Arches National Park Things to Do Tips by goodfish Top 5 Page for this destination

Arches National Park Things to Do: 396 reviews and 757 photos

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Delicate Arch (enhanced), Arches N.P. - Arches National Park

Delicate Arch (enhanced), Arches N.P.

Strenuous hikes: Delicate Arch

This is the most popular of the strenuous trails as it's to the one arch everyone wants to see. Three miles round-trip, the trail climbs a dirt path, continues up a large, cairn-marked expanse of slickrock, over a level wash and then up again on 200 yards of ledge to top. Delicate Arch, at 46 feet high, is the most-photographed icon of the state of Utah, and it sits on the edge of a bowl of slickrock next to a (very) sheer dropoff. From your vantage point around the rim, you can see the La Sal Mountians and the Colorado River canyon.

We had done this hike on a late, hot morning in 2004, and made it up again for sunset - the best time for photos - in 2011. It wasn't cloudless but there was enough sunshine to make the sandstone glow, and we stayed until dark to make the return trip all alone under a full moon: one awesome, awesome hike.

If you're in reasonable shape and don't mind long drop-offs, you can absolutely do this one. The worst time is in the heat of the afternoon as slickrock gets hot, and there's no shade. The best is before sunset on a clear day. You'll be joining a large cast of shutterbugs but the light will be amazing and you'll most likely get snaps without (thank heavens) any people in them: do see the note about that in my warnings-and-dangers tips. Nope, definitely NOT a time to get near the thing.

After the sunset fades, you'll have plenty of time to make the hike down before completely losing daylight but take a strong flashlight for locating cairns in case you linger too long: there are spots you do not want to stumble into - or off of - in the dark.

Address: Arches National Park, Moab, Utah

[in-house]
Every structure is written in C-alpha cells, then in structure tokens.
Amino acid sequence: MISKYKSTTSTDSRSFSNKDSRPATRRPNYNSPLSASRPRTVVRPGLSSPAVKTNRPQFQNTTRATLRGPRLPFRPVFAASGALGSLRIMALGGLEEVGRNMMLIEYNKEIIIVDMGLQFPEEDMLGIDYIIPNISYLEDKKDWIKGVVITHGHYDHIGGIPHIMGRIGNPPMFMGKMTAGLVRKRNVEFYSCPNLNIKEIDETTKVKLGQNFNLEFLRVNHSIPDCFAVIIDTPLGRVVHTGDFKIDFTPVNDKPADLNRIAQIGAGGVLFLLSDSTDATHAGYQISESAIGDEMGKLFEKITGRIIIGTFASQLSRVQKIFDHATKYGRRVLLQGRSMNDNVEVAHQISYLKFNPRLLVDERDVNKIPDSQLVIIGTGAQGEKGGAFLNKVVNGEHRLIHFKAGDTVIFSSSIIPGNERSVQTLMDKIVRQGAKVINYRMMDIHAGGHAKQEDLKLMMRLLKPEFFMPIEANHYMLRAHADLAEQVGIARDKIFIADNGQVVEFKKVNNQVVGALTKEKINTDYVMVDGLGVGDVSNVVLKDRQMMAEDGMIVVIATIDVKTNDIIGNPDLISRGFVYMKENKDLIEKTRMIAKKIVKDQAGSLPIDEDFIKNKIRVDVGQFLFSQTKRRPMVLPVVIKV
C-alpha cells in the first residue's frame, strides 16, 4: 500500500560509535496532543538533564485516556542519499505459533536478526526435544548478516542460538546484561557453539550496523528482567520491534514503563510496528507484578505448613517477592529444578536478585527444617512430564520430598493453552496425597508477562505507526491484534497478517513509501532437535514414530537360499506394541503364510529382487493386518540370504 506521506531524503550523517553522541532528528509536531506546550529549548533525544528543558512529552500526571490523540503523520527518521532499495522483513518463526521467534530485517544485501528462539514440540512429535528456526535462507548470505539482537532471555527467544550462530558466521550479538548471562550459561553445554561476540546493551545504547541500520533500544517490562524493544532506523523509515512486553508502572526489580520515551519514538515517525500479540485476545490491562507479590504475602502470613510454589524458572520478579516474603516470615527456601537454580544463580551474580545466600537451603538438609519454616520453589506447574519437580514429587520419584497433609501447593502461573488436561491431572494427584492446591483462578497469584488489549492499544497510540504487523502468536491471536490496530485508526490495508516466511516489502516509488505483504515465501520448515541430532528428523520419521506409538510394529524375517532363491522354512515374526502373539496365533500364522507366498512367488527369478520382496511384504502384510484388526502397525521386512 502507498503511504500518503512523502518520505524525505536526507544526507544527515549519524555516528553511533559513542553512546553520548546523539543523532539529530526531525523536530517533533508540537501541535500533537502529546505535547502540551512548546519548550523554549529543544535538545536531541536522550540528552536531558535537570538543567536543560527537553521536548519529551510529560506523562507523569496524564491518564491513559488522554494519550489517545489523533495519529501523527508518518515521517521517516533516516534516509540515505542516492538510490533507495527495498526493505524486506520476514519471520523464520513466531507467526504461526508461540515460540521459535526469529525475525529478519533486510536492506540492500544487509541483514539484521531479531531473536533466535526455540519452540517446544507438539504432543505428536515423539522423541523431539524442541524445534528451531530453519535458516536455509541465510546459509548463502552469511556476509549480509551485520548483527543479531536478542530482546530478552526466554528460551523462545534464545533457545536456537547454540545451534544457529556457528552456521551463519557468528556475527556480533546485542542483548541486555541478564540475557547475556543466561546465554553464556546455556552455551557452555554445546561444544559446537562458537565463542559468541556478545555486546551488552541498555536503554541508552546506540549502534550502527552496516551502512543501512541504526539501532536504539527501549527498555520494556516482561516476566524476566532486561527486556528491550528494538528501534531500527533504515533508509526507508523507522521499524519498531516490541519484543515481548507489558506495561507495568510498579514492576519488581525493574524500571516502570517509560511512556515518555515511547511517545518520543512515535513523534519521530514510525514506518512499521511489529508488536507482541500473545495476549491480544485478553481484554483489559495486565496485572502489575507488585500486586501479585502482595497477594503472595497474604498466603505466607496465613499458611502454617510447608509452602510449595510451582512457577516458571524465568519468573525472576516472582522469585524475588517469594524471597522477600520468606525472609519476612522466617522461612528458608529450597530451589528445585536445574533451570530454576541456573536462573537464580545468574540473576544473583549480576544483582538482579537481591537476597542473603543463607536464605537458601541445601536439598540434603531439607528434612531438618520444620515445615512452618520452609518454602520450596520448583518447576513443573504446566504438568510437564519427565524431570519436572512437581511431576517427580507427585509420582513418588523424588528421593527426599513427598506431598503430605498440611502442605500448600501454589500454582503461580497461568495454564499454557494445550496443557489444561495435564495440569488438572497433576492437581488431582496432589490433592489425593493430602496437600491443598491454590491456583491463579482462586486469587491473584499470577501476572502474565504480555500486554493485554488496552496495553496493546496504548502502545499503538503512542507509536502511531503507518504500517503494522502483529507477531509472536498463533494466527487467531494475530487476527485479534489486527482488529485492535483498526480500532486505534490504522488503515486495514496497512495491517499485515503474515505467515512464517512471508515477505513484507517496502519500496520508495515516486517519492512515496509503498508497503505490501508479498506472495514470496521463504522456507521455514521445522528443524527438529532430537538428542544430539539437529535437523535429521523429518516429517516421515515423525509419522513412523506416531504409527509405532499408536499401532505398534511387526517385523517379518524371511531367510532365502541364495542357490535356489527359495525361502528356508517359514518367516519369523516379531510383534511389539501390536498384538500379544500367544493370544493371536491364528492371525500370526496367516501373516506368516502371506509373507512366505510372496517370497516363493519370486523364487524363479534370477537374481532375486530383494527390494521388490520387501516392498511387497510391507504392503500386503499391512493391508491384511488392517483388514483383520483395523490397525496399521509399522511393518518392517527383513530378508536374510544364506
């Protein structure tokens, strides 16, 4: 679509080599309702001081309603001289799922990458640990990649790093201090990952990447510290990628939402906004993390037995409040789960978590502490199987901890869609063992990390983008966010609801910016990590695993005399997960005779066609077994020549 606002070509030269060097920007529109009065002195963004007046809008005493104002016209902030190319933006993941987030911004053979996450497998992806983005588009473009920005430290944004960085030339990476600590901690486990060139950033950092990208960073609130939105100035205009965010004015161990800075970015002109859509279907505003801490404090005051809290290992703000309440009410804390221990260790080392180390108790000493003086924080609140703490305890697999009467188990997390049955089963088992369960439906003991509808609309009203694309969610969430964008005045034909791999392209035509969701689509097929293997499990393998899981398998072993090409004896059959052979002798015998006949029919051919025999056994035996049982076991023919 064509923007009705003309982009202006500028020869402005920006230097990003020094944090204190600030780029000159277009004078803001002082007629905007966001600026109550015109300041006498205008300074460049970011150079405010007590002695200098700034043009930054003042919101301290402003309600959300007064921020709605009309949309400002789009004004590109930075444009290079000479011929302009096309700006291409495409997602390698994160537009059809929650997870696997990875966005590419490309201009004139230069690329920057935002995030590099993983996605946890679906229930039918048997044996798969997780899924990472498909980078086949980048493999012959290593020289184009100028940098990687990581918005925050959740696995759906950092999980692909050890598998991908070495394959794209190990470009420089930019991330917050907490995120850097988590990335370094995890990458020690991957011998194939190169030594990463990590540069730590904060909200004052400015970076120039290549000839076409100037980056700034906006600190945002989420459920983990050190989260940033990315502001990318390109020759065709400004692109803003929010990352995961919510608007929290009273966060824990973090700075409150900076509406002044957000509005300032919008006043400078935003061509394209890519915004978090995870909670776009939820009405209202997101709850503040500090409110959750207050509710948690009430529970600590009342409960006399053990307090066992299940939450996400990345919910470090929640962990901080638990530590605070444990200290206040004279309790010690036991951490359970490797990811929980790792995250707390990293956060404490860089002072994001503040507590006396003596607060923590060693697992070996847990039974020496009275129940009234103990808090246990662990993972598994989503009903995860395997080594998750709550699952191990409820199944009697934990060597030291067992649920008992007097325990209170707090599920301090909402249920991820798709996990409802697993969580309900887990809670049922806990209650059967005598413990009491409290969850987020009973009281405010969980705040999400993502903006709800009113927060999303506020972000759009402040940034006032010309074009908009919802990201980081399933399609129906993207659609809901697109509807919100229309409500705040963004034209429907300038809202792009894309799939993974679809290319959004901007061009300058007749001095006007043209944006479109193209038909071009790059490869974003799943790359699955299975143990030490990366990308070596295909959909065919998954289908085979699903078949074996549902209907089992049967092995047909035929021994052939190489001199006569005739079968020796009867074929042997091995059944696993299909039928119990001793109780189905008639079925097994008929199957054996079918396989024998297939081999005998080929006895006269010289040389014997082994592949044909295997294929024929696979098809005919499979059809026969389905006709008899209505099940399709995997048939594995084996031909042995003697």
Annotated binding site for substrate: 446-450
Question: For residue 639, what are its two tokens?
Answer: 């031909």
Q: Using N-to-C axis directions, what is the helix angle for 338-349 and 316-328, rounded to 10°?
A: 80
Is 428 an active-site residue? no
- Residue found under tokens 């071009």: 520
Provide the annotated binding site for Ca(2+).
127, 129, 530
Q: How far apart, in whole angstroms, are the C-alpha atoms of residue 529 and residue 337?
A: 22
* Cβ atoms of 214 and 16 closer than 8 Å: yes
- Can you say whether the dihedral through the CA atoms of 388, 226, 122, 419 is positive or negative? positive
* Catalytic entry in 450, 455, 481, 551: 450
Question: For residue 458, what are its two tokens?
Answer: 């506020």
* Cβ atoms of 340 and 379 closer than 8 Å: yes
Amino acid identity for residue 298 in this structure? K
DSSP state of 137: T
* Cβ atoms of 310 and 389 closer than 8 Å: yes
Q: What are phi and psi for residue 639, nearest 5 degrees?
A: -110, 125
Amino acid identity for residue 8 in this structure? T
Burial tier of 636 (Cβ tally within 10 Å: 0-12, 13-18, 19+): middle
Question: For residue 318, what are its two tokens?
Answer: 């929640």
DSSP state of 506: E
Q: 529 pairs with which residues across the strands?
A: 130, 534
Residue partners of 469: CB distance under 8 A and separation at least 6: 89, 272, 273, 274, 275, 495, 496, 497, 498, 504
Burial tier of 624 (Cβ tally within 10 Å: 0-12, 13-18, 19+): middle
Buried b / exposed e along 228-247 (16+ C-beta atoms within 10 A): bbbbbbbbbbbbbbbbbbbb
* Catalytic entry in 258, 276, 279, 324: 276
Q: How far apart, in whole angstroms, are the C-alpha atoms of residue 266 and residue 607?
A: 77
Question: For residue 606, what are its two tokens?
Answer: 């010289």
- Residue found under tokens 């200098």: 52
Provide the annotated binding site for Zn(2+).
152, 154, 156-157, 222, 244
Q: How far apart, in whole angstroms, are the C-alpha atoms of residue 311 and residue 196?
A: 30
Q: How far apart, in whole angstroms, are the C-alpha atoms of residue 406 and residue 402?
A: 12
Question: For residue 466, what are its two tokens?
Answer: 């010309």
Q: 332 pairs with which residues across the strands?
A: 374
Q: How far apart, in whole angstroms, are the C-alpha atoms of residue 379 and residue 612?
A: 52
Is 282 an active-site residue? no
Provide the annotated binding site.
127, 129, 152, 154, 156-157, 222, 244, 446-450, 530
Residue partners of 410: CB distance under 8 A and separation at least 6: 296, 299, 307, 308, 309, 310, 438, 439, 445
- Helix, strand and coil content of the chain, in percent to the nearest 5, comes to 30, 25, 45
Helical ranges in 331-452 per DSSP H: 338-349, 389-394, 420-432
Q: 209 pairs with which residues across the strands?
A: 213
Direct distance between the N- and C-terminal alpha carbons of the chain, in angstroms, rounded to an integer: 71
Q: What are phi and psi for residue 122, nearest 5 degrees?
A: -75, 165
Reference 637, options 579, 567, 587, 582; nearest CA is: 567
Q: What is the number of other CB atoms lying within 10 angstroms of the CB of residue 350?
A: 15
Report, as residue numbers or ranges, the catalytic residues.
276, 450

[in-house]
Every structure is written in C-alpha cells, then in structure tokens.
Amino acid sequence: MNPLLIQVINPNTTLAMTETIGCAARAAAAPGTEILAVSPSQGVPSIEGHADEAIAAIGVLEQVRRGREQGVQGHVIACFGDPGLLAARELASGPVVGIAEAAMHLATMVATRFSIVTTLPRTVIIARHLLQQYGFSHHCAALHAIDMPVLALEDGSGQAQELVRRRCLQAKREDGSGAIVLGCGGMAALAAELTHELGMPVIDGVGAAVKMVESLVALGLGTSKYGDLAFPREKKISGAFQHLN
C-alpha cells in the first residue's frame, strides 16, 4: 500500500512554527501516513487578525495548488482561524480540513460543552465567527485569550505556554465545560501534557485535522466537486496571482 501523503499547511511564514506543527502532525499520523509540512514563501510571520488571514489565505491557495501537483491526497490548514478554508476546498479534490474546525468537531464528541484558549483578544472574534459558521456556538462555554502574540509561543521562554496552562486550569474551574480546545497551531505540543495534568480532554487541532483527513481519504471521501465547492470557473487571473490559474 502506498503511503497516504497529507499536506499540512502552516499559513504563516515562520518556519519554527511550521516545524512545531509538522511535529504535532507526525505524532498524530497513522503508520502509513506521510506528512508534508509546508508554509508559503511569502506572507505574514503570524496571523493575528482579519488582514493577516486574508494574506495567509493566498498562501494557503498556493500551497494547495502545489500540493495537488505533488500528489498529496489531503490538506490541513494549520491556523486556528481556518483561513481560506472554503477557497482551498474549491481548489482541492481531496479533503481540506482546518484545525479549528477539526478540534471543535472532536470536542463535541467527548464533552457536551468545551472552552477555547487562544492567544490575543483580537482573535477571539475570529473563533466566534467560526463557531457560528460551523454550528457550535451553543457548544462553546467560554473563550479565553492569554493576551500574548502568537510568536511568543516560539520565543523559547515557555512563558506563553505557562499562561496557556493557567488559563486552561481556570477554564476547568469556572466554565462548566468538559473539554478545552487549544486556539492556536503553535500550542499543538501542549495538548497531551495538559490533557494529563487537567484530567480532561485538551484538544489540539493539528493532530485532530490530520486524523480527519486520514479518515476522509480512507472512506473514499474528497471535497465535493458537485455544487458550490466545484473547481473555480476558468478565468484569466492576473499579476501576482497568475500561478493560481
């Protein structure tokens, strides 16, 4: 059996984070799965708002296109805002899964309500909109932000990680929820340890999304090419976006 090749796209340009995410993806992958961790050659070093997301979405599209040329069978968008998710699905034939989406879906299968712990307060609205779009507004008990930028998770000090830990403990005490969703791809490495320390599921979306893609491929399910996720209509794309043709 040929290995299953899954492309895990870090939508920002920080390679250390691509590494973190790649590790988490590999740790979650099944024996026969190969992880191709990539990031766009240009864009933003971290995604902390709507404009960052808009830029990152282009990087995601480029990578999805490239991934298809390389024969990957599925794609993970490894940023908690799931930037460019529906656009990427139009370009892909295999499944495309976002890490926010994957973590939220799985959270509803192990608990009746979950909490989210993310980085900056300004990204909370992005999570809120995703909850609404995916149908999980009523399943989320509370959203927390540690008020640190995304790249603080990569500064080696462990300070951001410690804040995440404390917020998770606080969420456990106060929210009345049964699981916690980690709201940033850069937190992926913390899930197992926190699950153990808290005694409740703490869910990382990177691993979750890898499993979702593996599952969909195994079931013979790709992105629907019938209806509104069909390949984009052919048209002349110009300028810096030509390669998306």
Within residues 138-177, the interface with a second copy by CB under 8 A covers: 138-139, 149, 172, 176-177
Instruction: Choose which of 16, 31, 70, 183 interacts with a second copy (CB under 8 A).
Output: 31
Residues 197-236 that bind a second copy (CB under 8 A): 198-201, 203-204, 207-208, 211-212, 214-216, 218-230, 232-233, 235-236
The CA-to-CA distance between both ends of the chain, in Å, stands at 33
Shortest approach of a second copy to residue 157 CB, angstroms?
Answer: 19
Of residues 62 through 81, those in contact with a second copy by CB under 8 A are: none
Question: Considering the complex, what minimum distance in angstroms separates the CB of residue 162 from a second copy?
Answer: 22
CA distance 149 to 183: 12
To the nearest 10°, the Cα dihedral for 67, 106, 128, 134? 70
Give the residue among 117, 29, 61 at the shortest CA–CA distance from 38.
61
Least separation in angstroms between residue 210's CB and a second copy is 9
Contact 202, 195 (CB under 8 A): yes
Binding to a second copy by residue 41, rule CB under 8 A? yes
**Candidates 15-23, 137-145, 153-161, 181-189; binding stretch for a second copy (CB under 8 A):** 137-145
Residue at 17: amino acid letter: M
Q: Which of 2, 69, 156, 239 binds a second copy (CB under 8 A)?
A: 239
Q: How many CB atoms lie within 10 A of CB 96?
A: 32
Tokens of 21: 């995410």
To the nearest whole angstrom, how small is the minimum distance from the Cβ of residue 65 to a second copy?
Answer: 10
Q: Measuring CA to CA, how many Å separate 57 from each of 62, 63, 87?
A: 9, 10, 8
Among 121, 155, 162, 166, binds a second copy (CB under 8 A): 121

Directions: Trailhead is near Wolfe Ranch parking area about 12 miles into the park. This parking lot will be insane before sunset so go EARLY and pack a bag supper to have while you wait for the magic hour.

Other Contact: PO Box 907, Moab, Utah 84532-090

Phone: 435-719-2299

Website: http://www.nps.gov/arch/planyourvisit/longtrails.htm

Review Helpfulness: 4.5 out of 5 stars

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  • Updated Oct 2, 2012
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The Windows from primitive trail - Arches N.P. - Arches National Park

The Windows from primitive trail - Arches N.P.

Easy hikes: The Windows and Turret Arch

I think that "Mask of Zorro" would have been a more creative name for these but they're officially the North and South Windows.

The trail to the Windows and Turret Arch is an easy 1-mile RT with a gentle climb. Do the North Window first, follow the trail clockwise to the South, and then around to the short spur for Turret Arch. After some photo-ops at Turret, exit the spur trail to your left and head back to the parking area. This route involves dirt paths and steps but nothing too strenuous.

Want to lose the masses? There is a primitive loop trail (recommended) around the back of the the Windows that starts at the South Window and extends the hike a bit. "Primitive" is a loose term here that doesn't mean that the route is difficult; just not groomed.

As mentioned in the previous tip, The Windows are very near Double Arch so do them both at the same time. They have separate parking areas but as parking is a bear during peak season, grab the first spot at either location and just walk the short distance to the other. A vault toilet is also available near the parking lot.

Address: Arches National Park, near Moab, Utah

Directions: Take the first left off the main branch of the scenic road, about 9 miles into the park. Drive another 2 and 1/2 miles to the parking area.

Phone: 435-719-2299

Website: http://www.nps.gov/arch

Review Helpfulness: 4.5 out of 5 stars

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  • Updated Jan 28, 2016
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Double Arch - Arches N.P - Arches National Park

Double Arch - Arches N.P

Easy hikes: Double Arch

Here's another easy one that's only .5 miles RT on a pretty flat sand and gravel path: no sweat. Movie buffs might recognize it as having had a small cameo in "Indiana Jones and the Last Crusade"? You can see a still of that here